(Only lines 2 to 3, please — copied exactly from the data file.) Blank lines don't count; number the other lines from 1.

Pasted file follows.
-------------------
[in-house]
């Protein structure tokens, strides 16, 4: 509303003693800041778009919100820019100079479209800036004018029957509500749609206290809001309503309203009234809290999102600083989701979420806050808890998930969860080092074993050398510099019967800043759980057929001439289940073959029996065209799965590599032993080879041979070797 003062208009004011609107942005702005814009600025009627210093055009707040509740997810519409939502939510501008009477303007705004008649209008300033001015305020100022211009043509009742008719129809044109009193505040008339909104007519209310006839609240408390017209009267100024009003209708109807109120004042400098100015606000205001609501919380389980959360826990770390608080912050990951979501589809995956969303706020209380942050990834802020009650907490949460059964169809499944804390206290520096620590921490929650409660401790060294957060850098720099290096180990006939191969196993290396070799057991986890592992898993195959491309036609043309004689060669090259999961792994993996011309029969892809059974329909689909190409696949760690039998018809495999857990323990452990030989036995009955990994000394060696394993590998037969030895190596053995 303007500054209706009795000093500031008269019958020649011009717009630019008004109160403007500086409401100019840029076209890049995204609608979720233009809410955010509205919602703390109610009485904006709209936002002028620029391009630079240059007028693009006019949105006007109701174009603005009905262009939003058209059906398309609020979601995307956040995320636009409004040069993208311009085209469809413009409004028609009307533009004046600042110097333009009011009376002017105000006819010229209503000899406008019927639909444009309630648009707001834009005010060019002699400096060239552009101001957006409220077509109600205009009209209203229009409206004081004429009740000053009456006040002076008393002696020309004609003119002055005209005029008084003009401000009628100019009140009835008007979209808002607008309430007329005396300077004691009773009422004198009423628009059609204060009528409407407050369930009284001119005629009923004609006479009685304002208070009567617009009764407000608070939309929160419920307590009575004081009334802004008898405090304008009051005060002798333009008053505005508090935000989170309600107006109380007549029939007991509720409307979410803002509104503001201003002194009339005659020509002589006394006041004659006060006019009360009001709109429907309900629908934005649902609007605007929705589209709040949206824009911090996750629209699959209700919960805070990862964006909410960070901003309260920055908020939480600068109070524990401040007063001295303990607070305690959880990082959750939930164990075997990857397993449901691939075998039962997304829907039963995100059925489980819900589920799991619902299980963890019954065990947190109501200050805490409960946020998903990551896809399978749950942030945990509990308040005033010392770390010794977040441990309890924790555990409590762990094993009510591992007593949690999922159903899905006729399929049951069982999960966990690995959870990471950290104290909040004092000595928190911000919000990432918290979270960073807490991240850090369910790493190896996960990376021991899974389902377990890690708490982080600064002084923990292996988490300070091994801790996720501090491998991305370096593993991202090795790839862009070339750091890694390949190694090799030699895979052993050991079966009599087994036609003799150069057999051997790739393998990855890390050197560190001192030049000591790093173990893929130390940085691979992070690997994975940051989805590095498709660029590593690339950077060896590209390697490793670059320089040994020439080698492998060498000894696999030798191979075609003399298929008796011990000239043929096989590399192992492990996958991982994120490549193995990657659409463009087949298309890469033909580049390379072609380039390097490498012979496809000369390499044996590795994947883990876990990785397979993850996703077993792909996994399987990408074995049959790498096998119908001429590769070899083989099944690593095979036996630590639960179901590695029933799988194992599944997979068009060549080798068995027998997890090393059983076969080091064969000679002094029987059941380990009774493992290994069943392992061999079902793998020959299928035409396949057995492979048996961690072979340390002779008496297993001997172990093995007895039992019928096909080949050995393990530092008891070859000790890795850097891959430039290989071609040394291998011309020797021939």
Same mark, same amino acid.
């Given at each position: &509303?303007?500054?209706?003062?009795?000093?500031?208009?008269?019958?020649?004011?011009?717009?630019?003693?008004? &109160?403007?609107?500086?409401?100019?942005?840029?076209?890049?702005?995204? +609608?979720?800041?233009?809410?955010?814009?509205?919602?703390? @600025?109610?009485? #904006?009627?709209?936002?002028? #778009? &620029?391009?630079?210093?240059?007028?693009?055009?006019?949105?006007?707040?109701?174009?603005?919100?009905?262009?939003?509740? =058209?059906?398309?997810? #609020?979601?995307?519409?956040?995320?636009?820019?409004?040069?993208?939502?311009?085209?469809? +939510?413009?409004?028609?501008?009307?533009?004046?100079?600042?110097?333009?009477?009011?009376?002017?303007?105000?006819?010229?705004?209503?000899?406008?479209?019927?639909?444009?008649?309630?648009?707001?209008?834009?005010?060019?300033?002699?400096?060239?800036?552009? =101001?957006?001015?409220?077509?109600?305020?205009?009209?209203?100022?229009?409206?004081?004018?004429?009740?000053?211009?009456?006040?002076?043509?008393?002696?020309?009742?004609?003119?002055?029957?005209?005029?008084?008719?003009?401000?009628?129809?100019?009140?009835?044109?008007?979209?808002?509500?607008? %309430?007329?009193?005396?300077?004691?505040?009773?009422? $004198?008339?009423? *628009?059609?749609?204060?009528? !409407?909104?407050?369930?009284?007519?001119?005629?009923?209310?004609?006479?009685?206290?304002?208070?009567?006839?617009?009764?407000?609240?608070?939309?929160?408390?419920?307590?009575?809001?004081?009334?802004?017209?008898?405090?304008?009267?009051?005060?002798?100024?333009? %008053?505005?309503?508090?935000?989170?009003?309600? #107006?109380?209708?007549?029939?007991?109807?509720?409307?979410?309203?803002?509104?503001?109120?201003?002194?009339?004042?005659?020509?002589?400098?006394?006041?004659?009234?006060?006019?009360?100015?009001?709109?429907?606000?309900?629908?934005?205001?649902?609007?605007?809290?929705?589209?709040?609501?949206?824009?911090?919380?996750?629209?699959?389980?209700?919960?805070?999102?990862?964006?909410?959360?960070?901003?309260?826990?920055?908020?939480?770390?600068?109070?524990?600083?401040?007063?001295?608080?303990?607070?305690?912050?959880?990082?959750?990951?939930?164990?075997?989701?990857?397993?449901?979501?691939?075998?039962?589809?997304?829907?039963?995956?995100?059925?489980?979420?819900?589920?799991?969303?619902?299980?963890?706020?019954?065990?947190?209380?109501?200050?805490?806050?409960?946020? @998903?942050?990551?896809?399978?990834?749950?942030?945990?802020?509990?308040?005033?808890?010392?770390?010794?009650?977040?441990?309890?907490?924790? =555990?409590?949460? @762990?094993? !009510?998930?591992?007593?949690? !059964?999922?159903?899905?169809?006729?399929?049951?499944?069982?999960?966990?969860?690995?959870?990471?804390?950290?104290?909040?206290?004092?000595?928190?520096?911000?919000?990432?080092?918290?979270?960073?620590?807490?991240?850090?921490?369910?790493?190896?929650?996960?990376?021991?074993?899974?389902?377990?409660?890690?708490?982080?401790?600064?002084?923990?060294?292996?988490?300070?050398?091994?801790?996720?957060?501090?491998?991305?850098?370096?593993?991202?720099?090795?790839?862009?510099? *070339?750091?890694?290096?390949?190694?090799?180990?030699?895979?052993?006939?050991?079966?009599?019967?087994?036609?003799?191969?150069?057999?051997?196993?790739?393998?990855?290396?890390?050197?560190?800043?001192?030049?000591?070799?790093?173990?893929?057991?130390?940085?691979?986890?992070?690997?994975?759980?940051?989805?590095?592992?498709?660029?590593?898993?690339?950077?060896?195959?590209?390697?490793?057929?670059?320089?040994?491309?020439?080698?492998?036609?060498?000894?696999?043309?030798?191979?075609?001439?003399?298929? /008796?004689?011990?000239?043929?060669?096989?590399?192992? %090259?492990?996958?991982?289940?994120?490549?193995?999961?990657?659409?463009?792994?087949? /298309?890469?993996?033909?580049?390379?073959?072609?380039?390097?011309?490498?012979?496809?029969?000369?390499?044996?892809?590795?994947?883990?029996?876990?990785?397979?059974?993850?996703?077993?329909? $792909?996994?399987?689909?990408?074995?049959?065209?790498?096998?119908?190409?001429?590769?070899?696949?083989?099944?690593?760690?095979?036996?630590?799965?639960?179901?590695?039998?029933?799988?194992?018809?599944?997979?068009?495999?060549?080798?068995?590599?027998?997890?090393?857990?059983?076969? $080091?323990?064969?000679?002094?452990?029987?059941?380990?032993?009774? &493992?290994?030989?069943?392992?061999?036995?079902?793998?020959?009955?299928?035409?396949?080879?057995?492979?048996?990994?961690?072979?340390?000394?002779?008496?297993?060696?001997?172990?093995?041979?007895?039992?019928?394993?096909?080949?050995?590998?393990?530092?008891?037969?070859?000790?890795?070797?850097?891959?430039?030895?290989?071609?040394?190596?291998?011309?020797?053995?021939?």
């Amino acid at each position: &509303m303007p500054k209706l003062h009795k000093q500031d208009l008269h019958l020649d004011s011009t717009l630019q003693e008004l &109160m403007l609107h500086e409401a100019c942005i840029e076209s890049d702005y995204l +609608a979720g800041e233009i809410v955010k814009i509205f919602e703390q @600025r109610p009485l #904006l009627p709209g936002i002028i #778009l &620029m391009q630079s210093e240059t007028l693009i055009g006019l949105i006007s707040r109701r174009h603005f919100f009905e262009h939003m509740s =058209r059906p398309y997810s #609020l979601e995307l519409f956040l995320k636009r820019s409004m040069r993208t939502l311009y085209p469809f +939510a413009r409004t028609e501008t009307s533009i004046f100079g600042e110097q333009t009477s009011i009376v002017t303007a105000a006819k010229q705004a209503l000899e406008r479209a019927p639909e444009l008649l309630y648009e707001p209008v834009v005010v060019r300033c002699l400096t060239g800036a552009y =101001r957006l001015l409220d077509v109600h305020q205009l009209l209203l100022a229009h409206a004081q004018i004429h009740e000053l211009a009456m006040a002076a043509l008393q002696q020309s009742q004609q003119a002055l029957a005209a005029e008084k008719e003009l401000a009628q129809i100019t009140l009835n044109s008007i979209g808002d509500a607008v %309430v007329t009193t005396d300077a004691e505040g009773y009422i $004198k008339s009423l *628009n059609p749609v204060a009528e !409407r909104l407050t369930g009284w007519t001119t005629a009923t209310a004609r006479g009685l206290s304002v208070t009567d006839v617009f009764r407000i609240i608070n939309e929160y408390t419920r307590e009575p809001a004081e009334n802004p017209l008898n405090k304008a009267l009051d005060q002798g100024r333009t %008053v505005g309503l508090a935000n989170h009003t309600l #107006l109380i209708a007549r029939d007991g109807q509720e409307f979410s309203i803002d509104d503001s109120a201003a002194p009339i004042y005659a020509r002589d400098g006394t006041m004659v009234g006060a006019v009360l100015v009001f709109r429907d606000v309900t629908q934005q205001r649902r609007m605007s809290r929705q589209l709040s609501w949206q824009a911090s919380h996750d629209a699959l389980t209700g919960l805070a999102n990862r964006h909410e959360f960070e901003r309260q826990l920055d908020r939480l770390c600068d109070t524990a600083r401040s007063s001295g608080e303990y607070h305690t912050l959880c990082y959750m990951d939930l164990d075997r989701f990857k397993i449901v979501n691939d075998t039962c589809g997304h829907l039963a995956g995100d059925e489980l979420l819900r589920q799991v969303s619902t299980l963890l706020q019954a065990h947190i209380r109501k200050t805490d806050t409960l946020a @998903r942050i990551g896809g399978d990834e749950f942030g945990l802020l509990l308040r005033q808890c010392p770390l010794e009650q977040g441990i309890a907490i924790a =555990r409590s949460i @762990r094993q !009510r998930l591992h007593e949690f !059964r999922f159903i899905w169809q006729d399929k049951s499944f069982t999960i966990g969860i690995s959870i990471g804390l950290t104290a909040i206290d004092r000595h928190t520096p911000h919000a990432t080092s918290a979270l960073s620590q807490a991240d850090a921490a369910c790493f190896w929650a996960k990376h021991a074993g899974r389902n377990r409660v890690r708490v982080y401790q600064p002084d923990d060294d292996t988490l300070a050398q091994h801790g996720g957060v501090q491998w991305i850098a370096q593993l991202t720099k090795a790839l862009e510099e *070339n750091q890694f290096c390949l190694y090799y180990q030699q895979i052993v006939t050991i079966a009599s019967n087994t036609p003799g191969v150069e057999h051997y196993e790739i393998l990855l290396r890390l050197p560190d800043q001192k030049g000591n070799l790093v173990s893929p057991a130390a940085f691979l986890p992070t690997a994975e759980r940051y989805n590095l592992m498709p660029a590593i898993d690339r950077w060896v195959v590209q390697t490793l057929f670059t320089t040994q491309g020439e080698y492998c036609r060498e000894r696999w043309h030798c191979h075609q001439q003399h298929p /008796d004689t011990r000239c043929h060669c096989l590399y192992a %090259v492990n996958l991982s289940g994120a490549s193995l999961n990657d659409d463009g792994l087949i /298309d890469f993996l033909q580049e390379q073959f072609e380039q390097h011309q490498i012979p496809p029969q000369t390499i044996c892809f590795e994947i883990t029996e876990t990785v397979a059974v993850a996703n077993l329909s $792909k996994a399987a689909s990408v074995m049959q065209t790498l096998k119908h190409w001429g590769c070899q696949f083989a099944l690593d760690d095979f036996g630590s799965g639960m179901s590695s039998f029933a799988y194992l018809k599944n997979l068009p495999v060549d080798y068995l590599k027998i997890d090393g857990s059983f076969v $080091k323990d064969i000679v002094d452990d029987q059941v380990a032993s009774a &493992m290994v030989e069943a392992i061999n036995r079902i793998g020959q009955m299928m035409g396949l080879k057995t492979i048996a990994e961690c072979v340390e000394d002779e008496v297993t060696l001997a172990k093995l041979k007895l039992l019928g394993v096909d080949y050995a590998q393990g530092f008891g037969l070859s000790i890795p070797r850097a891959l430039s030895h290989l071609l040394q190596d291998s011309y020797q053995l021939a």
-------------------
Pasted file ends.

């Protein structure tokens, strides 16, 4: 509303003693800041778009919100820019100079479209800036004018029957509500749609206290809001309503309203009234809290999102600083989701979420806050808890998930969860080092074993050398510099019967800043759980057929001439289940073959029996065209799965590599032993080879041979070797 003062208009004011609107942005702005814009600025009627210093055009707040509740997810519409939502939510501008009477303007705004008649209008300033001015305020100022211009043509009742008719129809044109009193505040008339909104007519209310006839609240408390017209009267100024009003209708109807109120004042400098100015606000205001609501919380389980959360826990770390608080912050990951979501589809995956969303706020209380942050990834802020009650907490949460059964169809499944804390206290520096620590921490929650409660401790060294957060850098720099290096180990006939191969196993290396070799057991986890592992898993195959491309036609043309004689060669090259999961792994993996011309029969892809059974329909689909190409696949760690039998018809495999857990323990452990030989036995009955990994000394060696394993590998037969030895190596053995 303007500054209706009795000093500031008269019958020649011009717009630019008004109160403007500086409401100019840029076209890049995204609608979720233009809410955010509205919602703390109610009485904006709209936002002028620029391009630079240059007028693009006019949105006007109701174009603005009905262009939003058209059906398309609020979601995307956040995320636009409004040069993208311009085209469809413009409004028609009307533009004046600042110097333009009011009376002017105000006819010229209503000899406008019927639909444009309630648009707001834009005010060019002699400096060239552009101001957006409220077509109600205009009209209203229009409206004081004429009740000053009456006040002076008393002696020309004609003119002055005209005029008084003009401000009628100019009140009835008007979209808002607008309430007329005396300077004691009773009422004198009423628009059609204060009528409407407050369930009284001119005629009923004609006479009685304002208070009567617009009764407000608070939309929160419920307590009575004081009334802004008898405090304008009051005060002798333009008053505005508090935000989170309600107006109380007549029939007991509720409307979410803002509104503001201003002194009339005659020509002589006394006041004659006060006019009360009001709109429907309900629908934005649902609007605007929705589209709040949206824009911090996750629209699959209700919960805070990862964006909410960070901003309260920055908020939480600068109070524990401040007063001295303990607070305690959880990082959750939930164990075997990857397993449901691939075998039962997304829907039963995100059925489980819900589920799991619902299980963890019954065990947190109501200050805490409960946020998903990551896809399978749950942030945990509990308040005033010392770390010794977040441990309890924790555990409590762990094993009510591992007593949690999922159903899905006729399929049951069982999960966990690995959870990471950290104290909040004092000595928190911000919000990432918290979270960073807490991240850090369910790493190896996960990376021991899974389902377990890690708490982080600064002084923990292996988490300070091994801790996720501090491998991305370096593993991202090795790839862009070339750091890694390949190694090799030699895979052993050991079966009599087994036609003799150069057999051997790739393998990855890390050197560190001192030049000591790093173990893929130390940085691979992070690997994975940051989805590095498709660029590593690339950077060896590209390697490793670059320089040994020439080698492998060498000894696999030798191979075609003399298929008796011990000239043929096989590399192992492990996958991982994120490549193995990657659409463009087949298309890469033909580049390379072609380039390097490498012979496809000369390499044996590795994947883990876990990785397979993850996703077993792909996994399987990408074995049959790498096998119908001429590769070899083989099944690593095979036996630590639960179901590695029933799988194992599944997979068009060549080798068995027998997890090393059983076969080091064969000679002094029987059941380990009774493992290994069943392992061999079902793998020959299928035409396949057995492979048996961690072979340390002779008496297993001997172990093995007895039992019928096909080949050995393990530092008891070859000790890795850097891959430039290989071609040394291998011309020797021939």
Same mark, same amino acid.